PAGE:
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and yet we have a congress that explicitly blocks us from even collecting data on how we could potentially reduce gun deaths. >> yet despite support for expanded background checks on purchasers, a recent national poll showed that for the first time more americans say protecting gun rights is more important than controlling gun ownership. tom ackerman, al-jazeera, washington. >> well, gun-related deaths are increasing in the u.s. thursday's attack in oregon brings the number of mass shootings this year alone to 294. that's more than one a day. since president obama was elected for a second term in 2012, nearly 1,000 mass shootings have happened in the u.s. in the last two years alone, over 1200 people have been killed, but those don't include other incidents of gun violence, which are have resulted in
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10,000 people losing their lives this year alone. hurricane joaquin is a category 4 storm. residents are making last-minute preparations for before the storm hits. the system is moving toward the u.s. east coast. no casualties have been reported so far. well, what's the latest on the hurricane? >> it's the strongest atlantic hurricane since 2010, five years then. this is a bit of a beast. it's unusual to get two major hurricanes in a strong el nino year. so that's just one for the record books. what we've got at the moment there, you can see the storm just to the bottom of your picture.
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a long cloud up the eastern sea of the u.s., into the canadian maritime, producing heavy rain over the last three or four days. flooding rains actually for the likes of south carolina. this system has become stuck here, and hence this area of cloud is unable to make its way out into the atlantic. we've had the heavy rain in place. portland, maine, 89 millimeters of rain. and a little further south, south carolina, has seen 71 millimeters over the last 24 hours. i suspect we could see similar values over the next 24-48 hours, or even longer. let's go back to our hurricane. it's swirling away just around the bahamas. outer bands still very much in place there. still a strong system. sustained winds of 210 kilometers per hour. still a category four hurricane. it will weaken making its way further northward. i'm pleased to say it looks like likely to stay offshore. not quite as bad as it might be for the eastern side of the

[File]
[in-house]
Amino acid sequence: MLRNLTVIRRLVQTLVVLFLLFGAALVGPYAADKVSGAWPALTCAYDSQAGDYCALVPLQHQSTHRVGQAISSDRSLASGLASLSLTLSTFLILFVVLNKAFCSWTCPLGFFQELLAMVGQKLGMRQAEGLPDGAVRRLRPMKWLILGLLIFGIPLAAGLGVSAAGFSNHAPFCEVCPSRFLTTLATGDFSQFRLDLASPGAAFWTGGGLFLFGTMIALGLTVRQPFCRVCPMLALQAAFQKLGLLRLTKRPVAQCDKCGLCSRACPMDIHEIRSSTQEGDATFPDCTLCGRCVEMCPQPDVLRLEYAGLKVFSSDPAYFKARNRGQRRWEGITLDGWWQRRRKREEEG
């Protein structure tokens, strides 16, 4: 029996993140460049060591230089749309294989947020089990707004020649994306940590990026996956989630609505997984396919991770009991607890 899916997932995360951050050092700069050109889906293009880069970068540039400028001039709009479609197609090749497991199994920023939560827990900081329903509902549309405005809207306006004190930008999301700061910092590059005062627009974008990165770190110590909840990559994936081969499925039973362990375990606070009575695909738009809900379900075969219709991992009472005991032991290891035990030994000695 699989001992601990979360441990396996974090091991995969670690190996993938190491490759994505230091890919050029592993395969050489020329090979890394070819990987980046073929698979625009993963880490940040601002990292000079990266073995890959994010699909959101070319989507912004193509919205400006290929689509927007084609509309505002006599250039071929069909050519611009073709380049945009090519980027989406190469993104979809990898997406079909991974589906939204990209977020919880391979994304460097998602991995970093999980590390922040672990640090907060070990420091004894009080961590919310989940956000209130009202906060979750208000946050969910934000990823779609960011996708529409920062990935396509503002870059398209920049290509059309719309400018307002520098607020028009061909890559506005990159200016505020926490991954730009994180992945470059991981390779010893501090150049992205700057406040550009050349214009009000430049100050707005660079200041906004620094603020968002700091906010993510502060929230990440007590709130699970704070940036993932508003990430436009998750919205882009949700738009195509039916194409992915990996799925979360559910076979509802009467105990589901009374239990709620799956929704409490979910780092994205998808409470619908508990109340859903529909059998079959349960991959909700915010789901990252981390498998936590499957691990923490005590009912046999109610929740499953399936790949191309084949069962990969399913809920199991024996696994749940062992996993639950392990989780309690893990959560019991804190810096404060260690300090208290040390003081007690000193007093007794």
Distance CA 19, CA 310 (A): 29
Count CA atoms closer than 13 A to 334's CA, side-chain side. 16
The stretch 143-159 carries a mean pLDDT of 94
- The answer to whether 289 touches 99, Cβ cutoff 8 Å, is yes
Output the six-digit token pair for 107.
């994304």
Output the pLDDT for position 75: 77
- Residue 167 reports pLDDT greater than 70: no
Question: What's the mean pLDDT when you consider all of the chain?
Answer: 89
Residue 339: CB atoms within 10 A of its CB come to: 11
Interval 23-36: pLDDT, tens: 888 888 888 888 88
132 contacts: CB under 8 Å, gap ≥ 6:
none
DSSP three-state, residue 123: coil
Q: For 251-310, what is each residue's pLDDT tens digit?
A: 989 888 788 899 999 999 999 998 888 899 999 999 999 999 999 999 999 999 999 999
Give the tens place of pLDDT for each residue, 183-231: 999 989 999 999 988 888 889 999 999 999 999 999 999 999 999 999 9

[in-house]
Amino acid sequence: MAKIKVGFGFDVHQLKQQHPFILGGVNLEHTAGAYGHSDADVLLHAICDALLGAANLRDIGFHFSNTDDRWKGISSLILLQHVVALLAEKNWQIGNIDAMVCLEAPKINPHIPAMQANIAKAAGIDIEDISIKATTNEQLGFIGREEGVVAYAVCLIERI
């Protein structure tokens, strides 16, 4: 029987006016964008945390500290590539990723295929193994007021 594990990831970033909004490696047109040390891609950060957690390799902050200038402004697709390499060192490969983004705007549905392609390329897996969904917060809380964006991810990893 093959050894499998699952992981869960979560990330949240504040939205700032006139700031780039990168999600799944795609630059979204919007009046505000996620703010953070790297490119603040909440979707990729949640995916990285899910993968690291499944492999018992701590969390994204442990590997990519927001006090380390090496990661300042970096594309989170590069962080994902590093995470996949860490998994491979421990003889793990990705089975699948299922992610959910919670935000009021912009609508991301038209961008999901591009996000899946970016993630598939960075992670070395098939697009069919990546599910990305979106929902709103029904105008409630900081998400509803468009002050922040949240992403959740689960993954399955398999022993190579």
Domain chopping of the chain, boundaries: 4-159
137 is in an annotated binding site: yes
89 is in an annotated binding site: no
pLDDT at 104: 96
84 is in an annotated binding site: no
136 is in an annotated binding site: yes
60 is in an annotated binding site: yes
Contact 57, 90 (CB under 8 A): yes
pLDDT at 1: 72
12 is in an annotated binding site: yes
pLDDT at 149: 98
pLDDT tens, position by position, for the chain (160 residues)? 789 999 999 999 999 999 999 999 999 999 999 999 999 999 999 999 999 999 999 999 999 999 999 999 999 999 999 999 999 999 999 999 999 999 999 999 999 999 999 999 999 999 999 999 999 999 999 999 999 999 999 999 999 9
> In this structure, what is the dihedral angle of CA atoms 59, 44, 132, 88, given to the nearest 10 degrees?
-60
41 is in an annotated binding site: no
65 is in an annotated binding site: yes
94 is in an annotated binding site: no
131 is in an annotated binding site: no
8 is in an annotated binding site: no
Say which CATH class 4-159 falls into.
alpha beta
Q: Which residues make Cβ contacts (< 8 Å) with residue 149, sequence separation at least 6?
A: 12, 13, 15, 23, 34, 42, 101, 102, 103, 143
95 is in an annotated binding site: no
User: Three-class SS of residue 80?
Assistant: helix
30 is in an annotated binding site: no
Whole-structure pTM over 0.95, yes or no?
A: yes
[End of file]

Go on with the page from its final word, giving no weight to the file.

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u.s., but heavy rain will continue here for the next three or four days. >> thank you very much indeed for that. there's more to come here on al-jazeera, including as turkey's election looms, political parties compete for the all-important kurdish vote. plus, the u.n. is accused of failing the people of yemen and missing an opportunity to prevent a further escalation of the war. in sports, the head of bangladesh cricket says the fans have been let down by australia after they postponed their tour. we'll have more on that later in the program.